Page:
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College Hockey:
Tuesday Morning Quarterback: Oct. 16

Welcome to Tuesday Morning Quarterback, USCHO.com’s freeform debate about the week that was in college hockey. Every Tuesday in this space, Jim Connelly, representing the East, and Scott Brown, representing the West, will discuss the issues of the day, trade barbs, make indefensible claims about their teams and leagues and generally rant about the things that make college hockey great.

Scott: Well, Jim, the new season is under way, and I know we’ll get to the games pretty quickly, but in the meantime let’s discuss the big bombshell of the last couple of weeks, which is Wayne State. The announcement that the Warriors are dropping men’s hockey is still reverberating — especially around the College Hockey America league offices. With that league now down to four teams after this season, is this the death knell for the CHA?

du p mannino Tuesday Morning Quarterback: Oct. 16

Peter Mannino compiled an 0.50 GAA and a .982 SV% as Denver swept Maine to open the season (photo: Melissa Wade).

Jim: Certainly, Scott, this is a bombshell. Though nothing has officially been announced, I can’t see the NCAA — or the rest of the college hockey community — allowing the CHA to keep operating and receiving an NCAA tournament bid with just four teams. So, I think the most proper conversation now is where each of the four remaining teams belong. Assuming that all four programs remain — and as I say that I have no inside information that any of them would not — it would seem that a couple of teams could head to Atlantic Hockey.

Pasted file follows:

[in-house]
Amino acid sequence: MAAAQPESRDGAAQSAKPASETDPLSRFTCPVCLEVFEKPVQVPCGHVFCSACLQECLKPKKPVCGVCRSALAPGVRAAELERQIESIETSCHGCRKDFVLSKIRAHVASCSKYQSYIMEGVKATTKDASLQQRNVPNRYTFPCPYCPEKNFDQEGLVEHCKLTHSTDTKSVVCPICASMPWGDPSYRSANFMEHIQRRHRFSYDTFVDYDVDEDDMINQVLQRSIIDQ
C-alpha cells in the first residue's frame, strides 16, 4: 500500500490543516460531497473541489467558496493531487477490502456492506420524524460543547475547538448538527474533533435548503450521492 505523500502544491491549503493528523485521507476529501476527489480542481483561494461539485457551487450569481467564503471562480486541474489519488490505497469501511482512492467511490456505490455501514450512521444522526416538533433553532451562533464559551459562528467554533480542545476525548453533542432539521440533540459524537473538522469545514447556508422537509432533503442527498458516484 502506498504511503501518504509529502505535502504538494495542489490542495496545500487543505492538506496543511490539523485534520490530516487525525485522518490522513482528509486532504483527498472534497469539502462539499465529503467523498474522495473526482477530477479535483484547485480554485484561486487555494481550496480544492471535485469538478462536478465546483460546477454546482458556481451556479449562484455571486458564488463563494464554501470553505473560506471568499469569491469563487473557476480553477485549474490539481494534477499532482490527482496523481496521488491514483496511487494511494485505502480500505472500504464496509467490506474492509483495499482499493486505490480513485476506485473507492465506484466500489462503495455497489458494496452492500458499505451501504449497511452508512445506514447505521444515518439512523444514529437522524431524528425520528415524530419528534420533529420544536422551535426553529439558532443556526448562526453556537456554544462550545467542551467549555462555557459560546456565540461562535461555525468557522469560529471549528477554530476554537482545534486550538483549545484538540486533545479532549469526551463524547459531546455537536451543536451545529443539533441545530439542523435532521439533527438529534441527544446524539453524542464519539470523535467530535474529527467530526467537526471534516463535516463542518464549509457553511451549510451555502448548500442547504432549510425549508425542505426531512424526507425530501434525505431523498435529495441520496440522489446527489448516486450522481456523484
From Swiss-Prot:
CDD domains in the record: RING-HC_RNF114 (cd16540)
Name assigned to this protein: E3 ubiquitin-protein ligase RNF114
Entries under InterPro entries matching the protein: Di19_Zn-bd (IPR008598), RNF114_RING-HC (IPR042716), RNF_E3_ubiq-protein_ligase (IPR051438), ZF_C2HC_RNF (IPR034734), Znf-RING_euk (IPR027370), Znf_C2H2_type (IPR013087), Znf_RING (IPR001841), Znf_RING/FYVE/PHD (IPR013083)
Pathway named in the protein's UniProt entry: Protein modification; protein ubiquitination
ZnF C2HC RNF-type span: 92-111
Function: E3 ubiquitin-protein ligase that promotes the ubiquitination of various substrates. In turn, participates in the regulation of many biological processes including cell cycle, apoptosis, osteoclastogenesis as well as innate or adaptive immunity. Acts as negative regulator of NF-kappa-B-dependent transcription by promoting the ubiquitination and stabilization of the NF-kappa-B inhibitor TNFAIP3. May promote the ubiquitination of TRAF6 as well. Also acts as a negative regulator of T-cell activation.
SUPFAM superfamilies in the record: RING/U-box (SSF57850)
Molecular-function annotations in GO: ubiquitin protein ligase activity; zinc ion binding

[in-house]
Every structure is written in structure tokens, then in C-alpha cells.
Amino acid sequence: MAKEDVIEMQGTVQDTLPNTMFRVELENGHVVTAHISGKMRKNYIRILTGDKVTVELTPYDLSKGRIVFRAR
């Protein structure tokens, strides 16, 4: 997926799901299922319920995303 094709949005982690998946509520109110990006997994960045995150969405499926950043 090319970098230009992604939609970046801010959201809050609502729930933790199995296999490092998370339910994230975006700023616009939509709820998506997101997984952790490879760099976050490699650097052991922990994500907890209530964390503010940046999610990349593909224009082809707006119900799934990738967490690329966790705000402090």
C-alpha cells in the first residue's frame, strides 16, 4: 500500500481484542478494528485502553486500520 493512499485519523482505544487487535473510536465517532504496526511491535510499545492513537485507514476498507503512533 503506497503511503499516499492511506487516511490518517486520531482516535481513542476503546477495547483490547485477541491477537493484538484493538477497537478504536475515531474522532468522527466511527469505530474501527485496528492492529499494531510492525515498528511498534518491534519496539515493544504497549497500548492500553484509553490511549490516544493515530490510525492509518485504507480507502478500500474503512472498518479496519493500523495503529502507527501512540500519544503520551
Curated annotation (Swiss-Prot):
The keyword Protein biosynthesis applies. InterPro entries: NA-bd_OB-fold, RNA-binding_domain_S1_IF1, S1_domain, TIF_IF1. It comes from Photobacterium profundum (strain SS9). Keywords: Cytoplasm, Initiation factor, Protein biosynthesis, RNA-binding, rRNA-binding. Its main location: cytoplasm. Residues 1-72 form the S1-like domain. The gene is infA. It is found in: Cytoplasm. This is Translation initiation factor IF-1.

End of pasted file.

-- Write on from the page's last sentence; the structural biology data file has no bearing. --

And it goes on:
Robert Morris, neighbors to Mercyhurst, and Niagara, a short ride from Canisius, seem like natural fits. Bemidji State is a geographic fit for the WCHA and Alabama-Huntsville really isn’t close to any of the current teams. If the WCHA or any other western league don’t want to open their doors to Bemidji and UAH, Atlantic Hockey might be interested in expanding to 14 teams. No matter how you slice it, though, the remaining CHA members will have to rely on the rest of the college hockey world for some help.

Scott: I agree on Niagara and Robert Morris, and both programs would be assets to Atlantic Hockey. When you mention Bemidji and UAH, though — aye, there’s the rub. The WCHA has not been willing to seriously consider Bemidji, due in part to arena issues, and I don’t think the league wants to go back to an odd number of teams.

That calls into play entertaining possibilities for playing Fantasy College Hockey Conference Realignment, where Michigan Tech goes to the CCHA, or Tech stays and the CCHA gives the WCHA Nebraska-Omaha to boot to make 12 WCHA teams, then takes Niagara itself. These scenarios are about as likely as me winning the Hobey Baker, but they’re fun to think about. The real irony is that the two teams in the biggest trouble — BSU and UAH — are traditional programs with a long history together in Division II. Losing either would be a crime, in my opinion.